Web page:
They also understood the heart’s powerful link to emotion. Earlier in the book of Jeremiah, his prophetic word exploded from the painful awareness of his heart’s response to the distress of his people: “My anguish, my anguish! I writhe in pain! Oh, the walls of my heart! My heart is beating wildly; I cannot keep silent; for I hear the sound of the trumpet, the alarm of war” (Jeremiah 4:19 NRSV). On another occasion the prophet declared that he ate God’s words and they became the delight of his heart (15:16); later still, Jeremiah confesses that God’s word rages in his heart like a fire (20:9).
Indeed “heart” (Hebrew lev and levav) is a word that Jeremiah uses again and again — 65 times in all, more frequently than does any book of the Hebrew Bible apart from Psalms and Proverbs. This prominence highlights an important theme in Jeremiah, namely the embodied awareness, thoughts, disposition, choices, and actions of God’s people. Their hearts embody their intentions (5:24), guilt (Jeremiah 17:1), and punishment (4:18).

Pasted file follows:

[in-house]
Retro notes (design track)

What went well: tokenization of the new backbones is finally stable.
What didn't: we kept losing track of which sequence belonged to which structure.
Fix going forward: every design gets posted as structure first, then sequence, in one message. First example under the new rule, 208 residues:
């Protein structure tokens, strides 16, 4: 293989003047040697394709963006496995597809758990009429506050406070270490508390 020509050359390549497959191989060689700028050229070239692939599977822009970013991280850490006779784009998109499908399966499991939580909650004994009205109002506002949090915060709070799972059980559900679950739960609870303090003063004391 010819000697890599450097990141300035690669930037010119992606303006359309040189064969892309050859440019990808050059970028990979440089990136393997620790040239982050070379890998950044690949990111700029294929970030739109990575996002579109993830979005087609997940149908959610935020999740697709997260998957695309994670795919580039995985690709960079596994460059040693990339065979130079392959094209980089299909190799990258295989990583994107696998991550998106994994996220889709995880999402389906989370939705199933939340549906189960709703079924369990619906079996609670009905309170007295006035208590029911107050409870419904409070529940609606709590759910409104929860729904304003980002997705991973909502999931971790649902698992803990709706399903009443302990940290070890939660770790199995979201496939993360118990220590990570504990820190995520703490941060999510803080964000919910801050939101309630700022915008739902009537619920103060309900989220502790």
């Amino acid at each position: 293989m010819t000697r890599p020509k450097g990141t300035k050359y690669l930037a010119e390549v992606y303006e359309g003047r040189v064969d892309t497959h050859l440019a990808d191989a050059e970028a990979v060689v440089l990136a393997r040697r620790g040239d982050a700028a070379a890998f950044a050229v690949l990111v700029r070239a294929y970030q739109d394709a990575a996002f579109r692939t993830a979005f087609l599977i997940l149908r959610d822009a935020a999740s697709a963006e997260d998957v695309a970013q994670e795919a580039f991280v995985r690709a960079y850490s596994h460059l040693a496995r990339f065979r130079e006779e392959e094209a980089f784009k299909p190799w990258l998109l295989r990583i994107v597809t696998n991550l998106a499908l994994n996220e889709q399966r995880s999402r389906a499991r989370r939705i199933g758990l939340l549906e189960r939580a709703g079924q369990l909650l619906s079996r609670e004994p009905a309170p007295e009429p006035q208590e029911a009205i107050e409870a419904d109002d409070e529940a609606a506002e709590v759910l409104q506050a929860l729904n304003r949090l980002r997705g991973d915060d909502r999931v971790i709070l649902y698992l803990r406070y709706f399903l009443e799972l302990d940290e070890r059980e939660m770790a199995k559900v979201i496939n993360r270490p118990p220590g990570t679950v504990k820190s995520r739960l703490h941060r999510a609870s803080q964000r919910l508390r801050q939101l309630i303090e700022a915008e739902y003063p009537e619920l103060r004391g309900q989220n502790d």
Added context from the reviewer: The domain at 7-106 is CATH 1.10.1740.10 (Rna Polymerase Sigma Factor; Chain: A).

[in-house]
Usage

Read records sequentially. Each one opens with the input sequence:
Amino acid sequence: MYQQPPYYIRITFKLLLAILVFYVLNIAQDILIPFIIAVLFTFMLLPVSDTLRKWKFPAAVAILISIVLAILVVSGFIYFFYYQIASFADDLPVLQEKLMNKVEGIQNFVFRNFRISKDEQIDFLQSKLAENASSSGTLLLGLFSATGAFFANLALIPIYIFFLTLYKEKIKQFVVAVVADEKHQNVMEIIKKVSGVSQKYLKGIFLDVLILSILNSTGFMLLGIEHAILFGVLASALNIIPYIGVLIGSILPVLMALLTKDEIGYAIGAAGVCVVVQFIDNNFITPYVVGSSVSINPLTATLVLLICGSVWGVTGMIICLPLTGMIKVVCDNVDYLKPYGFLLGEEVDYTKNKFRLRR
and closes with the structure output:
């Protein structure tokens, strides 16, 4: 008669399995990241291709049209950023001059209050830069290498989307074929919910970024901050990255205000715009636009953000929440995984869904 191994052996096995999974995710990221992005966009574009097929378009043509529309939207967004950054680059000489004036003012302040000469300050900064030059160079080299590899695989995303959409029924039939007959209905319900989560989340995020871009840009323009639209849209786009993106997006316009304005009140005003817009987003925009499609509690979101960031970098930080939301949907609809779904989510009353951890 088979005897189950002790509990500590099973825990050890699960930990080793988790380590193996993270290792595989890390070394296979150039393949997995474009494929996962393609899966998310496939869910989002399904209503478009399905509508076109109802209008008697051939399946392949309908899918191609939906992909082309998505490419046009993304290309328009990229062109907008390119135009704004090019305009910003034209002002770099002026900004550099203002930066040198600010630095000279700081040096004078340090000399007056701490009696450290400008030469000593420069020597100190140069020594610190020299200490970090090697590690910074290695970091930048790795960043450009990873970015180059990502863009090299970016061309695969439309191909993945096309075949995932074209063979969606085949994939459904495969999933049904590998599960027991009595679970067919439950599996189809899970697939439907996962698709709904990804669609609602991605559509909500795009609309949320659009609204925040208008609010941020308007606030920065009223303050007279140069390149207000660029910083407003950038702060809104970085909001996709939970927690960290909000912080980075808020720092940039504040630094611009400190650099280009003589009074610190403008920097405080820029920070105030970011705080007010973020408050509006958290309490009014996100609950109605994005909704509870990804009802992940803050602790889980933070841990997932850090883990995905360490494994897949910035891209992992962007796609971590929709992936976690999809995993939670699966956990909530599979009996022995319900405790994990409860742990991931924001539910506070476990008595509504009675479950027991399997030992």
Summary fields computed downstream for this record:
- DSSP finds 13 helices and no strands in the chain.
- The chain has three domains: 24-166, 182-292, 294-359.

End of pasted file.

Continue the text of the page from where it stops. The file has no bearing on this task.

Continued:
When God will write God’s law upon the hearts of the people, their hearts will embody and empower the true relationship they share with God and one another. This relationship will be characterized by a deep and abiding knowledge of God’s will and by an intimacy that defines each in relation to the other.
This interior and intimate knowledge of God does not shift the focus from community to individual. Rather, it unites and renews the community as God’s people. They are still bound in covenant with God precisely as a people, as a community sharing past, present, and future. Within the biblical canon, God’s promise to be the God of Abraham’s children is first articulated in Genesis (17:8).
Here, too, the context is covenant. God’s promise accompanies the command that, through circumcision, the male members of Abraham’s household will incise this covenant in their flesh. This focus on shared, embodied obedience helps us to recognize, on Reformation Sunday, the corporeal and corporate dimensions of the renewed covenant God promises in Jeremiah 31:31-34.